Chief Scientist & Exec. Director
Purdue Discovery Park
Abstract: "Smart Challenges"
With a growing population expected to reach 9.6 billion people by 2050, 60% of which is expected to live a middle class lifestyle by the year 2030, the planet faces difficult challenges. These global megatrends drive projected increases in demand for energy, food, water and other resources, which in turn add new stresses to the environment. At the same time, we now live in a world in an era of exponential advances in science and technology. In particular, the emergence of new digital technologies –the so-called Digital 4.0 revolution–promises to transform the way in which society benefits from these advances. Indeed, the future discoveries and innovations that will help solve society’s 21st century grand challenges will emerge not just from advances in the physical and life sciences, but from the convergence of these disciplines with exponentially advancing digital technologies. We explore some examples of how this convergence is leading to new innovation business models, and how it is being exploited by companies worldwide to offer new products and remain competitive.
Tomás Díaz de la Rubia is Purdue University’s chief scientist and executive director of Discovery Park. In this position, his responsibilities include building upon Discovery Park’s foundation of excellence which has enabled high-impact research that crosses traditional academic boundaries. He works closely with the faculty and deans to help catalyze Purdue’s many strengths and build on its legacy of interdisciplinary research with global impact and public‐private partnerships.
Before coming to Purdue, Díaz de la Rubia served as innovation leader and a director in Deloitte's energy and resources industry practice in Washington, D.C., working with Fortune 500 energy and manufacturing companies to identify and capitalize on business opportunities arising from potentially disruptive, innovative new technologies.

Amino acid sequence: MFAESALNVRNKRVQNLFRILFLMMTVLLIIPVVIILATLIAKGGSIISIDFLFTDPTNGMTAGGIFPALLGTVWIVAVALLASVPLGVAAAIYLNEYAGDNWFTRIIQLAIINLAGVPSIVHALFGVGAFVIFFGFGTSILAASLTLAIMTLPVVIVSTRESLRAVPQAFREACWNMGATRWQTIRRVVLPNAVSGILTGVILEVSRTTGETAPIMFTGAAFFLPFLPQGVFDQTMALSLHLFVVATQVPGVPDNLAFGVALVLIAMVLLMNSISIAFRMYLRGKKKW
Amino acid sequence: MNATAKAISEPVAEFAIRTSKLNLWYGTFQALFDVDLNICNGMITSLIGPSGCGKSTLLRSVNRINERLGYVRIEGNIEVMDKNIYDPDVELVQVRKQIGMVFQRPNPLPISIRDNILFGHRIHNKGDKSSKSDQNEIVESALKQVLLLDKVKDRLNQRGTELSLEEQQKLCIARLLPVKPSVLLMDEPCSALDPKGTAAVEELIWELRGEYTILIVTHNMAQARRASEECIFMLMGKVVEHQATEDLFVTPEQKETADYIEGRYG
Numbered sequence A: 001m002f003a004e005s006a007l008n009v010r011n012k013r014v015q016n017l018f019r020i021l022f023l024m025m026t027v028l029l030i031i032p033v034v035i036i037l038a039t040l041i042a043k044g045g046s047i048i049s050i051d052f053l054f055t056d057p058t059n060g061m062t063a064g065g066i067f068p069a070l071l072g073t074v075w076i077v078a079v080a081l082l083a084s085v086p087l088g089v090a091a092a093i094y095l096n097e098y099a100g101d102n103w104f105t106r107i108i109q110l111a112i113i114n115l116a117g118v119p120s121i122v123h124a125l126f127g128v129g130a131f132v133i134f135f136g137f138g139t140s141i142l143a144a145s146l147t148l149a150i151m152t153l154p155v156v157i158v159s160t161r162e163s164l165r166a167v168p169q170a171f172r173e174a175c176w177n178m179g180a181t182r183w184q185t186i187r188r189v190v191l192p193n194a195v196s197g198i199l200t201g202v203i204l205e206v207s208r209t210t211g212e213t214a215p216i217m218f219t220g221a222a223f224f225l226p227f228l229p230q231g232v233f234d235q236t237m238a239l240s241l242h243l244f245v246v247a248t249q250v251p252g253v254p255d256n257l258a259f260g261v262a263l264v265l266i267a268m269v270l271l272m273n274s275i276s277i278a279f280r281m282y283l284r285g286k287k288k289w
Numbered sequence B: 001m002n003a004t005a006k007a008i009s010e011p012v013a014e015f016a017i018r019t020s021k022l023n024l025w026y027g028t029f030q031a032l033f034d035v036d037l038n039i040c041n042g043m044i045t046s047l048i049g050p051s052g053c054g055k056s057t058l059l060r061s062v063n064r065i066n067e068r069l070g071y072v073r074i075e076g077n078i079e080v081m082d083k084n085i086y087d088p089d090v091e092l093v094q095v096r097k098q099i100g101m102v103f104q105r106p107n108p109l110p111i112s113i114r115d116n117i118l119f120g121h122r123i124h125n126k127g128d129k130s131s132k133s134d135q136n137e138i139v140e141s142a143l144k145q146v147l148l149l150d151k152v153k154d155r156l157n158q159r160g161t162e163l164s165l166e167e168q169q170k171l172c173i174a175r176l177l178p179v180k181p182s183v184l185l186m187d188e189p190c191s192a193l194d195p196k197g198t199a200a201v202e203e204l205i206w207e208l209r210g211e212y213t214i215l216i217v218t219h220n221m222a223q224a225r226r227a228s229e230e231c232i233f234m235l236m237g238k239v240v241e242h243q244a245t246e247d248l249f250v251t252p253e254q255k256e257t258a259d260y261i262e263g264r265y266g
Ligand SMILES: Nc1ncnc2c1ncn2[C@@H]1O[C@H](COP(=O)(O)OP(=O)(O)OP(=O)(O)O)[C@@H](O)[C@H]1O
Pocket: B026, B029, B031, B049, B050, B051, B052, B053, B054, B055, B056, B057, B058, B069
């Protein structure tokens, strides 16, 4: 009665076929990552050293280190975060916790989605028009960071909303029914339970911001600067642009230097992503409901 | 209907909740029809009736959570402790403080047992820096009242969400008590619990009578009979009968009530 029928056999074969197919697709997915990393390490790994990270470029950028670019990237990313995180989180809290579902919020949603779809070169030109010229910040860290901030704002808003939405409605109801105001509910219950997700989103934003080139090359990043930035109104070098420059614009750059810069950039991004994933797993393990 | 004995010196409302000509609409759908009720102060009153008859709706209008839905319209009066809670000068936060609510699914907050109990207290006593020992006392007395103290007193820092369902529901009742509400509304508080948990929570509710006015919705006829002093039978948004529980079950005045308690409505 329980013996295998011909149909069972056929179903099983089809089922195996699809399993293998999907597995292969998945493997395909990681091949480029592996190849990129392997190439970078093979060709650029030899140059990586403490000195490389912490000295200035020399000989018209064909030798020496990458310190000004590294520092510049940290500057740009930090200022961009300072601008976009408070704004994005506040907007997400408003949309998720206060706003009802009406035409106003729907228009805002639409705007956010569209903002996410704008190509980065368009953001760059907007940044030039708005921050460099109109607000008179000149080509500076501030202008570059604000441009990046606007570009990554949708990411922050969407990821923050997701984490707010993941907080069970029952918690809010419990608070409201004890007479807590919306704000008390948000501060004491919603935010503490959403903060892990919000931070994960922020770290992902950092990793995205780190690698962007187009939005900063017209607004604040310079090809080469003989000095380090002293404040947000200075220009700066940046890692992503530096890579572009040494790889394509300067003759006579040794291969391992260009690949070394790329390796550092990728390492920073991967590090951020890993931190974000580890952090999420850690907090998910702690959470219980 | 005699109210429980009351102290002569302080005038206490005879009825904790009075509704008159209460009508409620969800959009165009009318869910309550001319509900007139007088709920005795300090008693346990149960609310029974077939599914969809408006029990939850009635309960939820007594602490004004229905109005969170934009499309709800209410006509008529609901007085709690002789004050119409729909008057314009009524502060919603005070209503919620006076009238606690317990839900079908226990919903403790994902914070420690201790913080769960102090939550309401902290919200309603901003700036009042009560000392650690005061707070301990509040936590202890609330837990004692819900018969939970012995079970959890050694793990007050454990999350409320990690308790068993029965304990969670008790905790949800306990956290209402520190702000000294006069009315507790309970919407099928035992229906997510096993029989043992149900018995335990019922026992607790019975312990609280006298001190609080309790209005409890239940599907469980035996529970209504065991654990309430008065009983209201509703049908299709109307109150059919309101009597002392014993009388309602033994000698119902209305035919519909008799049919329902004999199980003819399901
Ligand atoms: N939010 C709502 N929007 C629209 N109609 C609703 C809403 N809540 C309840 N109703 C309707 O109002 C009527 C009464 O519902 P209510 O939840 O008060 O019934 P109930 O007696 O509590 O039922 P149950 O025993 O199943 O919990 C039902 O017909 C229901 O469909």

Prior to joining Deloitte, Tomás was the chief research officer and deputy director for science and technology at the Lawrence Livermore National Laboratory (LLNL) in California, where he was responsible for the long-term health of the science and technology foundations of the laboratory’s $1.6 billion research program. From 2002-2009, he was an associate director at LLNL, leading its chemistry, materials science, life sciences, and energy and environmental sciences organizations, as well as its $60 million basic materials science, chemistry and biology programs with the Department of Energy's Office of Science.
As a scientist and researcher, Díaz de la Rubia led LLNL's Computational Materials Science Group, investigating fundamental and applied materials science problems with an emphasis on multiscale phenomena and varying applications from radiation damage to semiconductor materials to materials in extreme environments. For his research, he partnered with the Department of Energy, Defense Advanced Research Projects Agency and other federal agencies as well as industry leaders Bell Labs, Intel, Applied Materials and others. Díaz de la Rubia has published more than 150 peer-reviewed articles and has co-edited several books and conference proceedings. He is a fellow of the American Physical Society and of the American Association for the Advancement of Science and served as an elected member of the board of directors of the Materials Research Society, and vice-chair of the division of computational physics of the American Physical Society. He holds a bachelor's degree (summa cum laude) and a doctorate in physics from The State University of New York, Albany.